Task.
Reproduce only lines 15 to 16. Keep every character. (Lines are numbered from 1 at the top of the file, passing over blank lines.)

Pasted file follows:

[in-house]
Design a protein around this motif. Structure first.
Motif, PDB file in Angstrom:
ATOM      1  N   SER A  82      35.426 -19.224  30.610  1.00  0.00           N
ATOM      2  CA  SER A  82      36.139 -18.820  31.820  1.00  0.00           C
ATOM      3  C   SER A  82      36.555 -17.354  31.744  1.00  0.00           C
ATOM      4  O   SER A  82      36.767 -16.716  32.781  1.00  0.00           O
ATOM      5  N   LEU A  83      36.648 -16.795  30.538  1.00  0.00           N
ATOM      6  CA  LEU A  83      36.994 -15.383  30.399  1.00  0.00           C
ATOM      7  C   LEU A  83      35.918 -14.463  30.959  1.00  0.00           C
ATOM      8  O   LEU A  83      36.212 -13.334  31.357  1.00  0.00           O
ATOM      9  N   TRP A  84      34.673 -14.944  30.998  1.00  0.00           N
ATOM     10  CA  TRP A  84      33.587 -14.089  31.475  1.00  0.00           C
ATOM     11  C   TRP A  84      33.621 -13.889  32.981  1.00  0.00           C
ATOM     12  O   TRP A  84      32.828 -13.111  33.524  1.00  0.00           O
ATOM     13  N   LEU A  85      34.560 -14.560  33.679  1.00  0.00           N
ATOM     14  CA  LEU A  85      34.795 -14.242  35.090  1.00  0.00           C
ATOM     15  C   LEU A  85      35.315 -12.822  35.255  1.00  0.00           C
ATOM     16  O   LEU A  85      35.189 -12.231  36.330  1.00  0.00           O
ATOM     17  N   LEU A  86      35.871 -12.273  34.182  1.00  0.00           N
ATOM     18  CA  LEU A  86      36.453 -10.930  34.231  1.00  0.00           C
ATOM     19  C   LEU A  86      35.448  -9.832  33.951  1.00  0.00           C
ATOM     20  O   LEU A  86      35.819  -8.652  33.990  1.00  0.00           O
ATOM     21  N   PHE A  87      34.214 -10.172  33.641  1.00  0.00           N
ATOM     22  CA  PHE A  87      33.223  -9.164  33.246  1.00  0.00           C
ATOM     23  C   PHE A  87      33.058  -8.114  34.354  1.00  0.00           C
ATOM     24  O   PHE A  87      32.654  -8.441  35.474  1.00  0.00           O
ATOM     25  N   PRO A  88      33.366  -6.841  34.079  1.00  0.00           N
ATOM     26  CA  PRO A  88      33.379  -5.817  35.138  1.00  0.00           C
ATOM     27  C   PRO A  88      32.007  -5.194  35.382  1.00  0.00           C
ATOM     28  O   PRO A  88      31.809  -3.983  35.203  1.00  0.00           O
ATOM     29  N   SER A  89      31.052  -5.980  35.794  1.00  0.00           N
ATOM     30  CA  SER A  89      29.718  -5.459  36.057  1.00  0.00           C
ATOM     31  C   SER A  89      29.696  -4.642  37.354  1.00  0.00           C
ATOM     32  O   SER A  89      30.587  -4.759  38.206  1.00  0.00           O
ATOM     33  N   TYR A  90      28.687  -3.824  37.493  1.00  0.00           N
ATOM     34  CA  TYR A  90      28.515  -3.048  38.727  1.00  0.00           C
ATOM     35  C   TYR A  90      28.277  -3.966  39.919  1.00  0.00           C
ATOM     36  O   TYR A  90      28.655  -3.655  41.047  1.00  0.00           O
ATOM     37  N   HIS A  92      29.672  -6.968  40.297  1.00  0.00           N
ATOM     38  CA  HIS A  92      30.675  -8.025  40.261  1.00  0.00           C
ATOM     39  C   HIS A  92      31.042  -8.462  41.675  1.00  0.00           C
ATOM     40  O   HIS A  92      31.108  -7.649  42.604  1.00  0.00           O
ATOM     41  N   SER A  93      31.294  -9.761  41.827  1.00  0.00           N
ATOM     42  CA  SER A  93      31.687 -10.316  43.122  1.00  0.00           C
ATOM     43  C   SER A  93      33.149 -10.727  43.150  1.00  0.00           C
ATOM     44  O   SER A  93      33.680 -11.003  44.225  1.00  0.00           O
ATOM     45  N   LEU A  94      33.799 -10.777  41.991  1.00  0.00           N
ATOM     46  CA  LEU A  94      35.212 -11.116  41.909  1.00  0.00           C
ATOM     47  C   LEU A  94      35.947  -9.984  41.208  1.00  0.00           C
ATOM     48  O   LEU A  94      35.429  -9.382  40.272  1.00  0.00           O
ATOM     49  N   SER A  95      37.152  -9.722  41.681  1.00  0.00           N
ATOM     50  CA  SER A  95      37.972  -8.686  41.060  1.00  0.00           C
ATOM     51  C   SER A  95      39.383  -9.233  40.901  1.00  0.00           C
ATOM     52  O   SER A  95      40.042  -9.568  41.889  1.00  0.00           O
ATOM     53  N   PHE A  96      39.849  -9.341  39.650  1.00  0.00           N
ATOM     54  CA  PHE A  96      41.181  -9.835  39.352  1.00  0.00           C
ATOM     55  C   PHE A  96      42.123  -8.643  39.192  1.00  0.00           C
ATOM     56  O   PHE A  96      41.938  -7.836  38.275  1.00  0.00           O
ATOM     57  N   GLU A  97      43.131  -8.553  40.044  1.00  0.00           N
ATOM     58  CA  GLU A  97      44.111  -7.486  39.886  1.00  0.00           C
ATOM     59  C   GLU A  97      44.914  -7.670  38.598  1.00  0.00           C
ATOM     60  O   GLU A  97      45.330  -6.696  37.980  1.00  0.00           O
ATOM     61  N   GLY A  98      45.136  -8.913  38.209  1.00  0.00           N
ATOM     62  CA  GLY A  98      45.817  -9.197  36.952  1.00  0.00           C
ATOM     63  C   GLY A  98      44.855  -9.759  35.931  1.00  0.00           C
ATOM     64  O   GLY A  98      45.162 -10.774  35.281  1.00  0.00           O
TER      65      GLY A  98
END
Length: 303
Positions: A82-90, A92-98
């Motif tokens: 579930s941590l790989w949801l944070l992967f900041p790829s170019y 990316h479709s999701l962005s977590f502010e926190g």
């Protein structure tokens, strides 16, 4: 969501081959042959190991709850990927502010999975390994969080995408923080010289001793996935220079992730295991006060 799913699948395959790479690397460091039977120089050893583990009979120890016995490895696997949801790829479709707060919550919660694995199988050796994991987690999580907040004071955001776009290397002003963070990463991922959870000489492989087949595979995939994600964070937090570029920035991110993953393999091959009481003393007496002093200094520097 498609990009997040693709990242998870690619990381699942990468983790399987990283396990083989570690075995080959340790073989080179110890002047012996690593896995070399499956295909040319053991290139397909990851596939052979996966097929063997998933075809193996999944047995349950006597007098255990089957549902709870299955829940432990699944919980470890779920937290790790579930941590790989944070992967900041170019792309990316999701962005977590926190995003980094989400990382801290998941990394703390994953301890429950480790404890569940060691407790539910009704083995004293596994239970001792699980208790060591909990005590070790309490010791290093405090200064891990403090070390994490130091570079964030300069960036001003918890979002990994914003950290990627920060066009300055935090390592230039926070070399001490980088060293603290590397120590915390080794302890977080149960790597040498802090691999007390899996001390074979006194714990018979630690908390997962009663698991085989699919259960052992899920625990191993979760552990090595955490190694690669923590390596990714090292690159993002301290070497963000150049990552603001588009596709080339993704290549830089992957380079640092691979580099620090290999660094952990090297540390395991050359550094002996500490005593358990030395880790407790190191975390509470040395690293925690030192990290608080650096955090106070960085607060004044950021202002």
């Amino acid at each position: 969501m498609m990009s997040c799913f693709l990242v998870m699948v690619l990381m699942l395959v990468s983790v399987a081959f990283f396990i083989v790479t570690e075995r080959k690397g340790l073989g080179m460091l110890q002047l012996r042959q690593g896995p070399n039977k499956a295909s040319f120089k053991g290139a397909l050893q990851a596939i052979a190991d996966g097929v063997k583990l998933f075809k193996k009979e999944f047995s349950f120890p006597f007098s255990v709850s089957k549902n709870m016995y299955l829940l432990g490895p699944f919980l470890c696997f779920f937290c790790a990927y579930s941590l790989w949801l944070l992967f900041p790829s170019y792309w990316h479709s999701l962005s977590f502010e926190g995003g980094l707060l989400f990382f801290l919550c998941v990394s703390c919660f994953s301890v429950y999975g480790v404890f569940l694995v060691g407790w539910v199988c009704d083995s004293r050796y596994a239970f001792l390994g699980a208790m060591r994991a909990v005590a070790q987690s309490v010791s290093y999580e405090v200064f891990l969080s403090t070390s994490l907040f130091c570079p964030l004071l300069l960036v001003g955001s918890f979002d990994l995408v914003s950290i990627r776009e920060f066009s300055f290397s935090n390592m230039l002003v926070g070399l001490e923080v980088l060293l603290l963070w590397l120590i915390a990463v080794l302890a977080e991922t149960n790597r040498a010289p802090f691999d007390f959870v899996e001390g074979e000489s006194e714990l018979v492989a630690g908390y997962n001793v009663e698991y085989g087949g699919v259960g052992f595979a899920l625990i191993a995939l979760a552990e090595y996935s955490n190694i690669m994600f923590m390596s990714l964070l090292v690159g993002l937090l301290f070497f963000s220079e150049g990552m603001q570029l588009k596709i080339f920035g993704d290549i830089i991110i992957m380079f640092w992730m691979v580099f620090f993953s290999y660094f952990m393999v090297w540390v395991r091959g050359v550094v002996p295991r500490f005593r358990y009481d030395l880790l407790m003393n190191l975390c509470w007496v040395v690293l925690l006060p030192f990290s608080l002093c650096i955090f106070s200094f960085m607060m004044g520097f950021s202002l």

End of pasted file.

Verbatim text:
ATOM     12  O   TRP A  84      32.828 -13.111  33.524  1.00  0.00           O
ATOM     13  N   LEU A  85      34.560 -14.560  33.679  1.00  0.00           N